When a leader puts the focus on the agenda only, the outcome is unpredictable. The leader needs to address the steps required to advance the cause with the team. This way everyone understands which dance they are doing. Take a look at this video of a man teaching the Cha Cha dance. Imagine that he’s teaching this to your whole team so that everyone knows the steps for the meeting. If you’re really up for a fun challenge, do this with your team and see what it takes to get in sync with each other.
With this in mind, here is a document that I created with my team for the purpose of building structure in a specific type of meeting we have for Promise Land Living called a standup. It’s kind of like our version of doing the Cha Cha together – it’s a fairly fast paced and repetitive meeting. Once everyone knows the steps, we can move together and do the dance efficiently and, actually have fun, too!
“Give me an agenda or else I’m not going to sit there, because if I don’t know why we’re in the meeting, then there’s no reason for a meeting.” —Annette Catino, chief executive of the QualCare Alliance Network.
This quote by Annette Catino is correct. People want to have an agenda for a meeting. However, another important aspect of leader communication before, during and after team meetings is pacing. When relaying information to others, one helpful approach is to “go slow to go fast.” Or, maybe you have heard of the Navy Seal’s philosophy saying “slow is smooth and smooth is fast.” Also, effective communicators are often great teachers, which can empower the listeners with all the puzzle pieces for building the complete and often complex puzzle. Clear and simple communication with a reasonable stride can set the team up to be successful. This helps build a foundation for establishing the positive affective side of the team’s processing of new information. The leader has already taken the time to think about and process her ideas, although this is the first-time others are hearing it.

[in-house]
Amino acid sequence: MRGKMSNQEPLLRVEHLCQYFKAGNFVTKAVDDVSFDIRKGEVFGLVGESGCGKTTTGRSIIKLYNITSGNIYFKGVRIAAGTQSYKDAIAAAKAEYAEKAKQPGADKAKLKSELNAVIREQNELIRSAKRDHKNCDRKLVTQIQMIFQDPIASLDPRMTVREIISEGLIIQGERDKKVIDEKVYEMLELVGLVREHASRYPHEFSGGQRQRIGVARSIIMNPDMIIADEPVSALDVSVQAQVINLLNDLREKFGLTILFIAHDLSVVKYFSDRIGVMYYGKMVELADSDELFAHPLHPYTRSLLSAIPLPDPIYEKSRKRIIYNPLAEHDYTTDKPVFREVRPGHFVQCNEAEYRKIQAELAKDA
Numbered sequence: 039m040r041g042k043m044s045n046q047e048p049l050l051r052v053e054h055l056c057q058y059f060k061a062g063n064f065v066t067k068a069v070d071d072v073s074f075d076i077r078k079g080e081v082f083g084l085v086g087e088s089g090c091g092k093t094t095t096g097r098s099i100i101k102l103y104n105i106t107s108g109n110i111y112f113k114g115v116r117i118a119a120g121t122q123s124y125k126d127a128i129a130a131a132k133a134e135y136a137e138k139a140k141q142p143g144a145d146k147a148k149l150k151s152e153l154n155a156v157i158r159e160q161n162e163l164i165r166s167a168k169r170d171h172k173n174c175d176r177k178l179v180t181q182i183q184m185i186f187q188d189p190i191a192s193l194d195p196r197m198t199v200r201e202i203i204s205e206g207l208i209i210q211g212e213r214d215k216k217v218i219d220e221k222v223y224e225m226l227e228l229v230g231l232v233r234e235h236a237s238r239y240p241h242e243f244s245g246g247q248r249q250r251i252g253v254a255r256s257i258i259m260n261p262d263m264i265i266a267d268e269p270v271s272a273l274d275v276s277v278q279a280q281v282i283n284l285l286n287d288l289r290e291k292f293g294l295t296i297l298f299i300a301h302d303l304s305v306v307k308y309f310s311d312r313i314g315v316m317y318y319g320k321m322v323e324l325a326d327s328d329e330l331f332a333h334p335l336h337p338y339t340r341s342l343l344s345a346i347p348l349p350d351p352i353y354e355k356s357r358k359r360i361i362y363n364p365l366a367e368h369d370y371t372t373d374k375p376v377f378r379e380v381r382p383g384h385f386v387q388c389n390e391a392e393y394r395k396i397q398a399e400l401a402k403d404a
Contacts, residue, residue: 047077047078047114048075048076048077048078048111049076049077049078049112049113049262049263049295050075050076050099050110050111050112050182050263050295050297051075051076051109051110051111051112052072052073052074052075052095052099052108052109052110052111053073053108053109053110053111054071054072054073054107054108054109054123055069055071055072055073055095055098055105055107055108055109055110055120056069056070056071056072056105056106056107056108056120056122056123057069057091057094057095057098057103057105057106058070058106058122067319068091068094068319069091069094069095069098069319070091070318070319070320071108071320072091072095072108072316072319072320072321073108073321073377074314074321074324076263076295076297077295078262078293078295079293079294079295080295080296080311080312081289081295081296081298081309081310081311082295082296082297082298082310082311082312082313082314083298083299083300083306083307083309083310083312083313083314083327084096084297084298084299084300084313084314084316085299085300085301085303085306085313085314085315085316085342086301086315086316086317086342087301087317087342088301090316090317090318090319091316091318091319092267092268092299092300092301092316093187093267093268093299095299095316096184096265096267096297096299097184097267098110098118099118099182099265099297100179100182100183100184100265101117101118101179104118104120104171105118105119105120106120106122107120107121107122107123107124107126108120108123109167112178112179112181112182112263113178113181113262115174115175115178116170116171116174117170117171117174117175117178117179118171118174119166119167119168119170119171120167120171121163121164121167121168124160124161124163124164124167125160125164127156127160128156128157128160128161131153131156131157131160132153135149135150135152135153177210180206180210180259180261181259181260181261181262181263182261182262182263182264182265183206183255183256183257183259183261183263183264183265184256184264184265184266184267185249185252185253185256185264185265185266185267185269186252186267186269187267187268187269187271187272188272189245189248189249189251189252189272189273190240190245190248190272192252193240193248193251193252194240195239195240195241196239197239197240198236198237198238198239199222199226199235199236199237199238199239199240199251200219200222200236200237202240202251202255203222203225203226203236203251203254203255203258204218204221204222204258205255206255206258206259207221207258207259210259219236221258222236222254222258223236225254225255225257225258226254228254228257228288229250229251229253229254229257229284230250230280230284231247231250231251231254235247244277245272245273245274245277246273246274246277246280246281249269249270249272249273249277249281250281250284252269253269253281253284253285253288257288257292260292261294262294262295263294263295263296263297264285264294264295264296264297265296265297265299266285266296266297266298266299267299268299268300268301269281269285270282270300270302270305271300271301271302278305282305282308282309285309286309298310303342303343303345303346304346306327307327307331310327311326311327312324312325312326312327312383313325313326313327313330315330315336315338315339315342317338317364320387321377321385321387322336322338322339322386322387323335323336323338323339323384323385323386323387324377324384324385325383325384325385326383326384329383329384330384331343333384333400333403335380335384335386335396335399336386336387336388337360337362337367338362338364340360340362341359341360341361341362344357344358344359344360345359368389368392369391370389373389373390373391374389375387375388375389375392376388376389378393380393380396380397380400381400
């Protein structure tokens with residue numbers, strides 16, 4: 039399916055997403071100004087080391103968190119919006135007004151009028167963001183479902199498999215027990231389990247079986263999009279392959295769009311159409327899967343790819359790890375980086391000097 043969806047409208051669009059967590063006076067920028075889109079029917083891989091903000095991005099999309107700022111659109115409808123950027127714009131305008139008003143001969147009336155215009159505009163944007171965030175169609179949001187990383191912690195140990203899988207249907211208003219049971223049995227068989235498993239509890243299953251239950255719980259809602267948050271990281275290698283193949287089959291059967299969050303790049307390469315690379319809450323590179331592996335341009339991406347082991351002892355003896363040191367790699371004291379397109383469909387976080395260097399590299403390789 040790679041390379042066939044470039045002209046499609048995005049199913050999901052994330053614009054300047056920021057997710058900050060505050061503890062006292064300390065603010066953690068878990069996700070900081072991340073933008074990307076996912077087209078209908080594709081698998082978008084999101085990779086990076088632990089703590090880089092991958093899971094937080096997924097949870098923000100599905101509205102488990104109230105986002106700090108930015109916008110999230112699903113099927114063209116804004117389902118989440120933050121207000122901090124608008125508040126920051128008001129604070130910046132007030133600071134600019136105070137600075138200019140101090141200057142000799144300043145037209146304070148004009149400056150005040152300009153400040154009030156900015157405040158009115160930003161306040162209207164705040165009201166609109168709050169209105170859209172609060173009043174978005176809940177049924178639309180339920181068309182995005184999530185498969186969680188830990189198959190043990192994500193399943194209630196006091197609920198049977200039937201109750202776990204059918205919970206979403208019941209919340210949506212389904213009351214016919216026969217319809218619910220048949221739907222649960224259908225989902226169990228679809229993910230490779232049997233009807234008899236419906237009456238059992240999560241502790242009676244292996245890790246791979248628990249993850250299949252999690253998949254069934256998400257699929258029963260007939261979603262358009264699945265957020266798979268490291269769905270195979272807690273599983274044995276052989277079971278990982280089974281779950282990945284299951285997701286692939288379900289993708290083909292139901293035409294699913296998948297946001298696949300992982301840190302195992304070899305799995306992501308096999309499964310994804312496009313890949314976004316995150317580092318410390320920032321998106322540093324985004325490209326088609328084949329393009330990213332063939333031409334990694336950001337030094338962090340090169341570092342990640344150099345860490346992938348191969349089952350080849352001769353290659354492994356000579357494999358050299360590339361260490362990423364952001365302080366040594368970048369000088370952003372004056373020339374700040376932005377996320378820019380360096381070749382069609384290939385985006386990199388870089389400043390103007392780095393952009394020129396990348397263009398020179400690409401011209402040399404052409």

When communication feels like a race, hasty or incomplete, the listener’s emotionally responsive limbic system or amygdala (directs communication between the lower and upper brain) can kick into fight or flight due to stress, fear, frustration, alienation, or anxiety, which is the lower brain. Whereas, the upper brain, or prefrontal cortex is where memory is constructed and neural networks of executive functions guide voluntary behavior with reflective, rather than reactive, choices (Understanding by Design Meets Neuroscience). Most all team members want to perform well. Although, blurry or missing puzzle pieces can feel like one or both arms strapped behind your back when trying to do a cartwheel.
To make the environment a bit more complicate, the leader needs to take into consideration each team member’s learning styles for effectively communicating their agenda. A room full of auditory learners will end a meeting with a lot more giddy-up than your visual learners if your great ideas are not penned and in their hands, preferably ahead of time. Yes, this takes time, pointing us, once again, to the art of synchronization with our teams.
There are many ways to structure your meetings. Here is an article on 15 Meeting Management Tips – it’s a phenomenal resource.
Learning to Dance Together
Leading goes beyond the strategy or the agenda. To have maximum impact it must have room for others to get in the same space with you to clarify the rhythm. Jane’s gifts are evident, but they stand alone without the support of her team and their ability to be synced up with her. Once everyone knows the steps, they do the dance together as part of a team. No one’s hair needs to catch fire.
In summary, to maximize your leadership efforts, consider the need for both – strategize and synchronize. Confirm that everyone knows their move and how to execute it.
Jane is brilliant at what she does. She has been recognized the world over for her work with companies and teams and that is something to celebrate. Jane’s blind spot impacts her team, sets their hair on fire at times and slows the work that needs to be done in her own company.
There are many successful Jane’s out there and that’s a good thing. With the right tools and perspective shift, they can have far reaching impact inside and outside of their organizations simply by learning a few new dance moves and practicing those moves with their teams.